Mention the words, “mind-body connection,” and every self-styled life coach within ear shot will nod affirmingly as if you have just unveiled the secret to life. Aside from the trendiness, what does this really mean and how is it relevant to receiving therapy? This topic becomes especially confusing because the established method for receiving therapy involves sitting and talking, using almost all mind and no body.
What does Mind-Body Connection Mean?
The mind-body connection is the link between a persons thoughts and attitude and their physical health and physiological reactions.
To help explain the mind-body connection, it’s important to remember humans are still animals – essentially monkeys with less hair and more anxiety. As the top tier model of the animal kingdom, we boast the luxury feature of abstract thought and speculation. Regardless of what we are doing physically, our mind has the ability to conjure thoughts that will impact us both emotionally and physically.
This is great for the times we are hiking and see a mountain lion. Instantly our mind says, “run or that thing will kill you,” and our nervous system triggers what is commonly called the fight or flight response. Stress hormones like adrenaline are released into the bloodstream putting all available resources into running and staying alive.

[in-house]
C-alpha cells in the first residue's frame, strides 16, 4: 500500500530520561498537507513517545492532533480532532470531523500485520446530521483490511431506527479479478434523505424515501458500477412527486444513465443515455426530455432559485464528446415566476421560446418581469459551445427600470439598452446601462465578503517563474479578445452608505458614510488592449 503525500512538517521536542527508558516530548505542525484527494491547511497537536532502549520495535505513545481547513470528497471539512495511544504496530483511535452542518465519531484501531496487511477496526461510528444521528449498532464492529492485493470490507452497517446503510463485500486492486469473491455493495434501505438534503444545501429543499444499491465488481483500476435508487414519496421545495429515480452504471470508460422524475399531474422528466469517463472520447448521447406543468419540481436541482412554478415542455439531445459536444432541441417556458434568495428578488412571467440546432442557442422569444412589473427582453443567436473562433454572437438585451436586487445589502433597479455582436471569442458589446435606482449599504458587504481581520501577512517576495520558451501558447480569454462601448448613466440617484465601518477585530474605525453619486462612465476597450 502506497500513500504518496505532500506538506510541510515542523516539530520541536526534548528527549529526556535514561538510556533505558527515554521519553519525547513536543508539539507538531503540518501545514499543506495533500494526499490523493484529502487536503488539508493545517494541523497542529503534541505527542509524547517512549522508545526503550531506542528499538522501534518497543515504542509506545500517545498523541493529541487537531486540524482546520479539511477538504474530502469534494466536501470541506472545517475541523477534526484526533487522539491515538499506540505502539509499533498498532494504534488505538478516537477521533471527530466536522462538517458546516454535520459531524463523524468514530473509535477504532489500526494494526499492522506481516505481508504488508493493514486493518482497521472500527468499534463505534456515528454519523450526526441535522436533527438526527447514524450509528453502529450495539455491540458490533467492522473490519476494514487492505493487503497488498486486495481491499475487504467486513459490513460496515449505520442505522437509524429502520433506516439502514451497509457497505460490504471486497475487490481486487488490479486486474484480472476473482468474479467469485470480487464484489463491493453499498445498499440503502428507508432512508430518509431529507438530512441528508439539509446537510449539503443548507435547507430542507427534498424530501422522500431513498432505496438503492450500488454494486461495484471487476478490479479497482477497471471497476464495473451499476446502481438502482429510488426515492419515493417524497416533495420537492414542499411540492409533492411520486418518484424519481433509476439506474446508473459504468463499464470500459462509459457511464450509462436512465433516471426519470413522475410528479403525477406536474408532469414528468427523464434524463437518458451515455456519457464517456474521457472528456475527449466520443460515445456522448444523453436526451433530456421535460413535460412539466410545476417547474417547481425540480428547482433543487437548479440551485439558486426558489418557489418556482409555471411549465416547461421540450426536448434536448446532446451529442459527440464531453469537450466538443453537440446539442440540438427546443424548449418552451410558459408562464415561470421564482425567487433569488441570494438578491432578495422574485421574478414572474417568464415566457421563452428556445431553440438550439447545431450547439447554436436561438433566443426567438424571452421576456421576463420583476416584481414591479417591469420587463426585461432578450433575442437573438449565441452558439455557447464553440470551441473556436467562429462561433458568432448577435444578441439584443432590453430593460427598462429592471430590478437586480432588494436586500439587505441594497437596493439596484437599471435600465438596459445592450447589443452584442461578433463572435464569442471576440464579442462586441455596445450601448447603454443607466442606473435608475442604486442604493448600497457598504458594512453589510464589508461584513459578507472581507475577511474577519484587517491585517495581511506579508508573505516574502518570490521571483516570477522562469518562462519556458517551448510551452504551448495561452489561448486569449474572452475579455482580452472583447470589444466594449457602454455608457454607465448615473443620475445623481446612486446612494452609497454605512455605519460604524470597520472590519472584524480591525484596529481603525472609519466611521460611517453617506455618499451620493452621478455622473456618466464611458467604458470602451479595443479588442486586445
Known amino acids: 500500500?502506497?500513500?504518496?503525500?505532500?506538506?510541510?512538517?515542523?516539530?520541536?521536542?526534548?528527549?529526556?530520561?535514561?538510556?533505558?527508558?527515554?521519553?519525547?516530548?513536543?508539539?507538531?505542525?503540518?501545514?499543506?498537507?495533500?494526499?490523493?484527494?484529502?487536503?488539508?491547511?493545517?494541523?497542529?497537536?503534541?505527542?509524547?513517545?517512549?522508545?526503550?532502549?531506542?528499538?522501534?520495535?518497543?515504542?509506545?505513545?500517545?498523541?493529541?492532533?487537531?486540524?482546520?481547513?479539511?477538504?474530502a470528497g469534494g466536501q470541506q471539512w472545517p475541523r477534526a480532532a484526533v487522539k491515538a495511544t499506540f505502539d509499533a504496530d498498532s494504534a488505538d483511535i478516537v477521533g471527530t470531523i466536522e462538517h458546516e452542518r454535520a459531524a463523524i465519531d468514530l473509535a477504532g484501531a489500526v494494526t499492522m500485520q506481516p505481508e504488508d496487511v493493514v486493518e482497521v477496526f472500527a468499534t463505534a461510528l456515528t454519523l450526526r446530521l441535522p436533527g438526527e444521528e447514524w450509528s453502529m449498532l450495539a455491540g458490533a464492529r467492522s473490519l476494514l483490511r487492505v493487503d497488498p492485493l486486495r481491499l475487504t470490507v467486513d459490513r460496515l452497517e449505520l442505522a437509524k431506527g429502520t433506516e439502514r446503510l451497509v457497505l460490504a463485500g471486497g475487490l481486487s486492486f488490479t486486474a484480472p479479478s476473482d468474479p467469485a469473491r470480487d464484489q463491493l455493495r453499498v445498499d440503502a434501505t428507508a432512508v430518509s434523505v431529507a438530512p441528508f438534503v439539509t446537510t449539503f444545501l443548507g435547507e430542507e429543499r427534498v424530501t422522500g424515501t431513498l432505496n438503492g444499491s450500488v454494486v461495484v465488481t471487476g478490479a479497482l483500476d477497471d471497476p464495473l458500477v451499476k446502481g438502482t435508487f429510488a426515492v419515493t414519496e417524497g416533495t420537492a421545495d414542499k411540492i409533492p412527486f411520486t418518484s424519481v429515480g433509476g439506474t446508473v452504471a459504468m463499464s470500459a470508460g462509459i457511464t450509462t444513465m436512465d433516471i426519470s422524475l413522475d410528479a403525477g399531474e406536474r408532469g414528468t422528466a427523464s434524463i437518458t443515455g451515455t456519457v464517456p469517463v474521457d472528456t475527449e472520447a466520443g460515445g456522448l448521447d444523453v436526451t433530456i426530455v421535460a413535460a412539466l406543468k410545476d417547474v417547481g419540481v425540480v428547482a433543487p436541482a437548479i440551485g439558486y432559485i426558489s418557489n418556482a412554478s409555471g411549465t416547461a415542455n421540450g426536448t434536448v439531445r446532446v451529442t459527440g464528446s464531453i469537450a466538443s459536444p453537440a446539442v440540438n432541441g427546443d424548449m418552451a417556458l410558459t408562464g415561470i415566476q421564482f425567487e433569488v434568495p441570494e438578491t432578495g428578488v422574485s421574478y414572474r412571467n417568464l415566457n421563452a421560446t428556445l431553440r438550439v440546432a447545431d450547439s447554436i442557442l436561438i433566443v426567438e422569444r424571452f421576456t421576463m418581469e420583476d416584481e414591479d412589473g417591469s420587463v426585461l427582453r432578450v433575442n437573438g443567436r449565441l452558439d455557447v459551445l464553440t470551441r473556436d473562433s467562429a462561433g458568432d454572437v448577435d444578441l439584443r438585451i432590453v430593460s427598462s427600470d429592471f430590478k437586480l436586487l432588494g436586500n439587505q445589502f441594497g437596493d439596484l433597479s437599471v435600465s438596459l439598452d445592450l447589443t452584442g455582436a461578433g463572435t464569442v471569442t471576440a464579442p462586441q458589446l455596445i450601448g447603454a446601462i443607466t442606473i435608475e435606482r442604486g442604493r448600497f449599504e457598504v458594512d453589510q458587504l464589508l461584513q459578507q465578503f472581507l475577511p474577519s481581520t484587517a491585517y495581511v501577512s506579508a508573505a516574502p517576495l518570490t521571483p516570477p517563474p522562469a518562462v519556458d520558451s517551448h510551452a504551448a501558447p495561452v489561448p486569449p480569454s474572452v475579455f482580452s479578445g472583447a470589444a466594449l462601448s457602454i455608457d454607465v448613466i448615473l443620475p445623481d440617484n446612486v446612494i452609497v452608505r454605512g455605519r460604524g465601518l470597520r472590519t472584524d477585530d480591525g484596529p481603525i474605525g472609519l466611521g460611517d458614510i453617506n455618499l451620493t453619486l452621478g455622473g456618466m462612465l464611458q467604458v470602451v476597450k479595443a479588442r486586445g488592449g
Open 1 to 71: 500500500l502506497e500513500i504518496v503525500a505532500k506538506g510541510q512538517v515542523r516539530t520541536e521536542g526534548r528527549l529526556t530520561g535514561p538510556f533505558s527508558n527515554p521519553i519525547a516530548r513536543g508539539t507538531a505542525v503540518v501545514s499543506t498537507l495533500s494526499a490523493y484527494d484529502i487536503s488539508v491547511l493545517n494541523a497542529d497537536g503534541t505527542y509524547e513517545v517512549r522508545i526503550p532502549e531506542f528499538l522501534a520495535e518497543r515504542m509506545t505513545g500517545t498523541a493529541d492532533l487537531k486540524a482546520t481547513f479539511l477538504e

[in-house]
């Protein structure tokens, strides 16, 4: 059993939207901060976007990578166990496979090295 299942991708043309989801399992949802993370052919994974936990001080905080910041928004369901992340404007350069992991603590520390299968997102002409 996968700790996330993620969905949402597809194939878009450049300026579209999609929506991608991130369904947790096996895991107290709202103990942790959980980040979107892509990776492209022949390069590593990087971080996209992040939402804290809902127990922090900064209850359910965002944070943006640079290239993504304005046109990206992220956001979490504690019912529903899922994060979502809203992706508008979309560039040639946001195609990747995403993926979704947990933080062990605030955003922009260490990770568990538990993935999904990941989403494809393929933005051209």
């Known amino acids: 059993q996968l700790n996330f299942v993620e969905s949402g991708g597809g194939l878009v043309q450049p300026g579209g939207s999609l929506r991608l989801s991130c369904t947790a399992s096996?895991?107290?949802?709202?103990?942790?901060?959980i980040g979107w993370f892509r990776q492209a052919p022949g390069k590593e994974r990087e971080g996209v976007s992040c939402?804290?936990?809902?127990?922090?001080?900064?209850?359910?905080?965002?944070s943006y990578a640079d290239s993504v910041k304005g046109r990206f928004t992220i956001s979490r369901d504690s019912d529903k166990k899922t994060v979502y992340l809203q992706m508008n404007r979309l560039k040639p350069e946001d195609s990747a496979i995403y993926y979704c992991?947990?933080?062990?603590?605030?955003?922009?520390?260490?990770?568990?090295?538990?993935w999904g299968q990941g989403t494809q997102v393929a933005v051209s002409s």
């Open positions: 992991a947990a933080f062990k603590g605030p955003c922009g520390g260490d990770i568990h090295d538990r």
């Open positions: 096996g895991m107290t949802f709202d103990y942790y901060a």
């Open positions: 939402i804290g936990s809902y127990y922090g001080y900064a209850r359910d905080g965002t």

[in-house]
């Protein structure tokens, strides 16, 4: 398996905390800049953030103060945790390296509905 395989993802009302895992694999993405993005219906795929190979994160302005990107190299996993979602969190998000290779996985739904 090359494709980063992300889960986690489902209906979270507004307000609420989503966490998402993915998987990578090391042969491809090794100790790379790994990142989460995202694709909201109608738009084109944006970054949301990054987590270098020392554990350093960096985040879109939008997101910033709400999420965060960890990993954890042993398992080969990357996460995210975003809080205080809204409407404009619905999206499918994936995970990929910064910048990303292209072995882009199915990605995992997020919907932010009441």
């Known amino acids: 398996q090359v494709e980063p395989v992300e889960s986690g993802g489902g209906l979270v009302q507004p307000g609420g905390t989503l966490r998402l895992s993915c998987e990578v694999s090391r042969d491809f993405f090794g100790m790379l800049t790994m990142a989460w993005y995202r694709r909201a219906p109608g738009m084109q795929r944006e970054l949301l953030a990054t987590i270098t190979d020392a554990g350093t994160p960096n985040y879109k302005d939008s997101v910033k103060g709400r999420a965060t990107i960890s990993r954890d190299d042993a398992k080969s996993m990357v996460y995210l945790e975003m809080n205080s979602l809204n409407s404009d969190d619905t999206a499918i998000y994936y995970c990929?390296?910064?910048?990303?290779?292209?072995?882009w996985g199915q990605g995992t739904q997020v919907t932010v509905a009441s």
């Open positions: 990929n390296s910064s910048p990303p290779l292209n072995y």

The mind-body connection becomes problematic from the lack of specificity exercised by the nervous system. If our significant other or employer says, “we need to talk,” our minds will most likely have a negative automatic response, “oh no, this is bad, I can’t handle this.” Cue our nervous system at this point, overhearing the catastrophizing and perceiving us to be in danger.
The Mind-Body Connection and Therapy
This connection complicates therapy because talking about past traumatic experiences can trigger a fight or flight response due to the psychological stress of remembering and retelling. This slows down progress and if it continues for multiple sessions, clients will likely feel unsafe just thinking about their next appointment.
Thankfully there are a number of evidence-based modalities that Kaizen clinicians are trained in that address the fight or flight response brought on by our thoughts and memories.
We understand that mental illness does not take place solely in the mind. Just as an x-ray can clearly show a broken leg being healed, a brain scan can definitively show how therapeutic interventions reduce anxiety and depression.
If you would like to learn more about mind-body interventions and to speak with clinicians who understand stress physiology, request an appointment today.